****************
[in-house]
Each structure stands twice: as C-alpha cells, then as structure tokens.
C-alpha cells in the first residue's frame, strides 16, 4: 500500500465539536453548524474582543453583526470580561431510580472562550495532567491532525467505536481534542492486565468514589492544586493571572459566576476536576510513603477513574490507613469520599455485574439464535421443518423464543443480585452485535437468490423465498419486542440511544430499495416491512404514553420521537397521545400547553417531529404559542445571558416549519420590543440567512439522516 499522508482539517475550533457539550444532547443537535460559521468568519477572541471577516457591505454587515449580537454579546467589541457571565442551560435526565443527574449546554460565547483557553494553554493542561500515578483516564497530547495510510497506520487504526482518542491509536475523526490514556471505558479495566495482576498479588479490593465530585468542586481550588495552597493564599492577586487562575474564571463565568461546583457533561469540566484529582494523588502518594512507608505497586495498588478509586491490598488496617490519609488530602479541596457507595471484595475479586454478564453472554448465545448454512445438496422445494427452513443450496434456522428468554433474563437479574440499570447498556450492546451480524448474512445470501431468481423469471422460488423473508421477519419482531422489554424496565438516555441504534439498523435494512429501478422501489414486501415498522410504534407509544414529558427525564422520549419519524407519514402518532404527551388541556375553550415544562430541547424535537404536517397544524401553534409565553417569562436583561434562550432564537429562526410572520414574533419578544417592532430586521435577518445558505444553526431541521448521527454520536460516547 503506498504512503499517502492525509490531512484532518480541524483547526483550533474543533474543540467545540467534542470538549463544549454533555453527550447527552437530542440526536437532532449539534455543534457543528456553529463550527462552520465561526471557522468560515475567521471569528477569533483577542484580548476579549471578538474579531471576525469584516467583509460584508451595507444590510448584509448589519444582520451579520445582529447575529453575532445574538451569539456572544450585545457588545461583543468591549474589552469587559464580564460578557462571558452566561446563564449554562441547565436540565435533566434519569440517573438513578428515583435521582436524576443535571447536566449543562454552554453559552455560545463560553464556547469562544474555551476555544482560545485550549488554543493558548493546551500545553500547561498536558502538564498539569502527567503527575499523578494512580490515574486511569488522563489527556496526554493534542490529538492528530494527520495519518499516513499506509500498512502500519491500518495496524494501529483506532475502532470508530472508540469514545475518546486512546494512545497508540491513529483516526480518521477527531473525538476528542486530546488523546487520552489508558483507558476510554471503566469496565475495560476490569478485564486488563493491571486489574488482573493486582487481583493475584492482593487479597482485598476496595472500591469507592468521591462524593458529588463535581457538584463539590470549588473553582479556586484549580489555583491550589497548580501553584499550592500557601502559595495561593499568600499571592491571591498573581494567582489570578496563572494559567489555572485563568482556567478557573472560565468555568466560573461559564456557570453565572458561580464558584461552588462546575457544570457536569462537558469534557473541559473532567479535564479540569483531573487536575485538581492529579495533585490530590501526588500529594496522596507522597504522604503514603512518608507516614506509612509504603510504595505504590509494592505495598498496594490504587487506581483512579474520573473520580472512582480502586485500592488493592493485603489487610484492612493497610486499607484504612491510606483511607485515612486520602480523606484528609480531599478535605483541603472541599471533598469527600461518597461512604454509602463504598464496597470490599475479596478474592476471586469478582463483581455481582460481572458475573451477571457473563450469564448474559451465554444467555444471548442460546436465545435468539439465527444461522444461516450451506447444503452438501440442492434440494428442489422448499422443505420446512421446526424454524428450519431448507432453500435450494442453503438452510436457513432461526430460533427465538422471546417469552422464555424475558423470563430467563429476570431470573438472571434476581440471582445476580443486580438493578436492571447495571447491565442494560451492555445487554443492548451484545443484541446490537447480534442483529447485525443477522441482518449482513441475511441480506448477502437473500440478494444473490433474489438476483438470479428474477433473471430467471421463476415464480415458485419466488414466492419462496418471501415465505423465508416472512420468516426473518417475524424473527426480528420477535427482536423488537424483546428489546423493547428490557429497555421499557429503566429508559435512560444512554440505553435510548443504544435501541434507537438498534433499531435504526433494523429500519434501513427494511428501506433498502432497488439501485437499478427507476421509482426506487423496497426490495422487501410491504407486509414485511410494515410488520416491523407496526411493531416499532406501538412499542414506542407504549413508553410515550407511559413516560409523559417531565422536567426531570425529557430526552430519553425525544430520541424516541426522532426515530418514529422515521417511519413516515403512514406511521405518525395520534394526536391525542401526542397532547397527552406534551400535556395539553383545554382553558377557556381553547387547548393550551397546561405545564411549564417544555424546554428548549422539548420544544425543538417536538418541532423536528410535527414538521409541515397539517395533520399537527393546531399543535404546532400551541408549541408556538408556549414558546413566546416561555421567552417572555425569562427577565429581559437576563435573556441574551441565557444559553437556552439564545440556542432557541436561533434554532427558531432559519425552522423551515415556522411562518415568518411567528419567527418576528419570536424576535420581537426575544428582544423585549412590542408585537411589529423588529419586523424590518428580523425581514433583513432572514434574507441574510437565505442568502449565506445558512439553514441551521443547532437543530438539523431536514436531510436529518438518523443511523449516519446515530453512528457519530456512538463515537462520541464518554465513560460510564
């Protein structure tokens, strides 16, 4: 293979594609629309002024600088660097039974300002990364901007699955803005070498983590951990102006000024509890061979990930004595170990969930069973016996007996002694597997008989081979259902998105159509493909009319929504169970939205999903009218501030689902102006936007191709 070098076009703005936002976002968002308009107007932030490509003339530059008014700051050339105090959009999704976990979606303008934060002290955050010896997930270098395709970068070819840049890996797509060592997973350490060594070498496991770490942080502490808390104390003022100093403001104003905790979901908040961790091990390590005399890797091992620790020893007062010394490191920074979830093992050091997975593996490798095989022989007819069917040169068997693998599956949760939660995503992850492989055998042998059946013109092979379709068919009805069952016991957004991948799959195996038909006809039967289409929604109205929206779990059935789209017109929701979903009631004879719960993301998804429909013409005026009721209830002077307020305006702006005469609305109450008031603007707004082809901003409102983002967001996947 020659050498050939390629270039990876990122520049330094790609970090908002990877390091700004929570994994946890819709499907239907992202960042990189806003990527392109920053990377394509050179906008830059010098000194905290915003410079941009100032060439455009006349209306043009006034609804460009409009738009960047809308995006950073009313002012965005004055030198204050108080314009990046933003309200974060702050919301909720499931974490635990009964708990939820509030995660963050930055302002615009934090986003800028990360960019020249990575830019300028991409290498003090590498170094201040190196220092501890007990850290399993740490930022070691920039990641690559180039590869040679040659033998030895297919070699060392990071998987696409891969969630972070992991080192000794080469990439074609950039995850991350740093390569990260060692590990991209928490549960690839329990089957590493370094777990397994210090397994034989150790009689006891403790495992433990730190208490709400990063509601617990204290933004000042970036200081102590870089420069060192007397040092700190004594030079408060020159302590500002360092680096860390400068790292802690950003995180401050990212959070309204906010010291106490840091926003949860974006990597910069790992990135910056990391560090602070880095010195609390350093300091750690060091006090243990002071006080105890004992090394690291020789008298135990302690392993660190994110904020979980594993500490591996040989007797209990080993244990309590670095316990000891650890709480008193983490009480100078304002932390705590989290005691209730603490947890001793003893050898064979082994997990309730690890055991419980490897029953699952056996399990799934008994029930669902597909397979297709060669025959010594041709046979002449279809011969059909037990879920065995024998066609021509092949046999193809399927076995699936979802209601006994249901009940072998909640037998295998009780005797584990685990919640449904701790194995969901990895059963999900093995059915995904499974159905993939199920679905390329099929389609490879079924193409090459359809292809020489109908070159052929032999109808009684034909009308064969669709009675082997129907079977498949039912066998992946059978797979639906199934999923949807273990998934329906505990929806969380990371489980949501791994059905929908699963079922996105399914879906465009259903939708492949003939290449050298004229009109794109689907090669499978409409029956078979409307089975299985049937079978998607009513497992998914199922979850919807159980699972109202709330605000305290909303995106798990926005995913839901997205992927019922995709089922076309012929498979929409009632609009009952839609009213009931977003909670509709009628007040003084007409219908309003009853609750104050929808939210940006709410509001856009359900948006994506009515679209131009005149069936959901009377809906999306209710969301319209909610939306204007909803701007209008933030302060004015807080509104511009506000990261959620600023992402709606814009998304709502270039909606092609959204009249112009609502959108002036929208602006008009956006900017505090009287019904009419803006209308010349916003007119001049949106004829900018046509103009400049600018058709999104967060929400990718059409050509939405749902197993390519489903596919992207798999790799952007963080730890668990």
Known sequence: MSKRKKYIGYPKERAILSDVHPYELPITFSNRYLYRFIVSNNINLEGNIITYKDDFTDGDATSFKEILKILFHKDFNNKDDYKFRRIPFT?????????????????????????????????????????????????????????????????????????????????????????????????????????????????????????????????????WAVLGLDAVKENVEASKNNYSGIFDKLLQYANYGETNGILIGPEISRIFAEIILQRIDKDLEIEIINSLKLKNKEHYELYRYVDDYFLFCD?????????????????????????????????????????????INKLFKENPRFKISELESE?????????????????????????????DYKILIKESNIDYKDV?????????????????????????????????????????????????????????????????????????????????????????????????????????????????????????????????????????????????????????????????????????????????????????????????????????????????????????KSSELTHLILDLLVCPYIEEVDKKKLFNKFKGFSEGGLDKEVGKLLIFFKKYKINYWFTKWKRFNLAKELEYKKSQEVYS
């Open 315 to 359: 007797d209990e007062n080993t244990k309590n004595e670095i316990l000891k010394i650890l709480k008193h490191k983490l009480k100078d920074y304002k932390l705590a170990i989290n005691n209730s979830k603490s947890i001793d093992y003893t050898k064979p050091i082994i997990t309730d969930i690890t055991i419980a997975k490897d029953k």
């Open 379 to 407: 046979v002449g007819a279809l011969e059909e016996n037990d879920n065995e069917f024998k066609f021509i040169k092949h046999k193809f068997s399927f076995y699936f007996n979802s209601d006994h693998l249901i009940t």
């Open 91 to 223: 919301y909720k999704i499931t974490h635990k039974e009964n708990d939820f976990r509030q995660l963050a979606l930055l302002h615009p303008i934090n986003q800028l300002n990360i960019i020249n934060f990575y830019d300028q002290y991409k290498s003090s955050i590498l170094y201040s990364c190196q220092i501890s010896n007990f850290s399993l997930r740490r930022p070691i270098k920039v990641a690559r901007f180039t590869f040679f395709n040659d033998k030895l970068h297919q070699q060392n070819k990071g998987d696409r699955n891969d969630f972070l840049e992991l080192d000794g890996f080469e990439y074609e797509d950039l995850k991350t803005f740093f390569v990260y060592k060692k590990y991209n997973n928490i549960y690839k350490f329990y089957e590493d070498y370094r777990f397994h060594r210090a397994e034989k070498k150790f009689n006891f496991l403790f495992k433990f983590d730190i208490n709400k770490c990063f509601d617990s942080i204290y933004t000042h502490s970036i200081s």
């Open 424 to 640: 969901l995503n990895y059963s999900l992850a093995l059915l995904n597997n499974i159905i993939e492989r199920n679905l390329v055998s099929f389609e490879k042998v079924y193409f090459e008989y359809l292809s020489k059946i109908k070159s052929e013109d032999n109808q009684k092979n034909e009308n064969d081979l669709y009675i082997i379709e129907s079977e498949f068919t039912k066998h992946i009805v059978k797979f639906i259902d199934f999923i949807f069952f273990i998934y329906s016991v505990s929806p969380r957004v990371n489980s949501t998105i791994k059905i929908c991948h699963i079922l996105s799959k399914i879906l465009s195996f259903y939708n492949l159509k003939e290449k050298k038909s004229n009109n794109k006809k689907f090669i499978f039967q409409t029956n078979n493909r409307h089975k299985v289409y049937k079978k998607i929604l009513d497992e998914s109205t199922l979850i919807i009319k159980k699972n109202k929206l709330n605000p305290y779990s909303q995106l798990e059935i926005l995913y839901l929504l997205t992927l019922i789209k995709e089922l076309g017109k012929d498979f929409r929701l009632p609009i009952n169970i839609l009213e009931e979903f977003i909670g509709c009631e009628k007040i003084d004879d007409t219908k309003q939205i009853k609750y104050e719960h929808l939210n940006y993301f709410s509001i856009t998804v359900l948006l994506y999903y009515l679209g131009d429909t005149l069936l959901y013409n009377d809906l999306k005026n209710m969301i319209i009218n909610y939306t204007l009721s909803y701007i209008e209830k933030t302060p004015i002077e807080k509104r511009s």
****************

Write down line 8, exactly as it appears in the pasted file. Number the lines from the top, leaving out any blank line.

């Open 91 to 223: 919301y909720k999704i499931t974490h635990k039974e009964n708990d939820f976990r509030q995660l963050a979606l930055l302002h615009p303008i934090n986003q800028l300002n990360i960019i020249n934060f990575y830019d300028q002290y991409k290498s003090s955050i590498l170094y201040s990364c190196q220092i501890s010896n007990f850290s399993l997930r740490r930022p070691i270098k920039v990641a690559r901007f180039t590869f040679f395709n040659d033998k030895l970068h297919q070699q060392n070819k990071g998987d696409r699955n891969d969630f972070l840049e992991l080192d000794g890996f080469e990439y074609e797509d950039l995850k991350t803005f740093f390569v990260y060592k060692k590990y991209n997973n928490i549960y690839k350490f329990y089957e590493d070498y370094r777990f397994h060594r210090a397994e034989k070498k150790f009689n006891f496991l403790f495992k433990f983590d730190i208490n709400k770490c990063f509601d617990s942080i204290y933004t000042h502490s970036i200081s």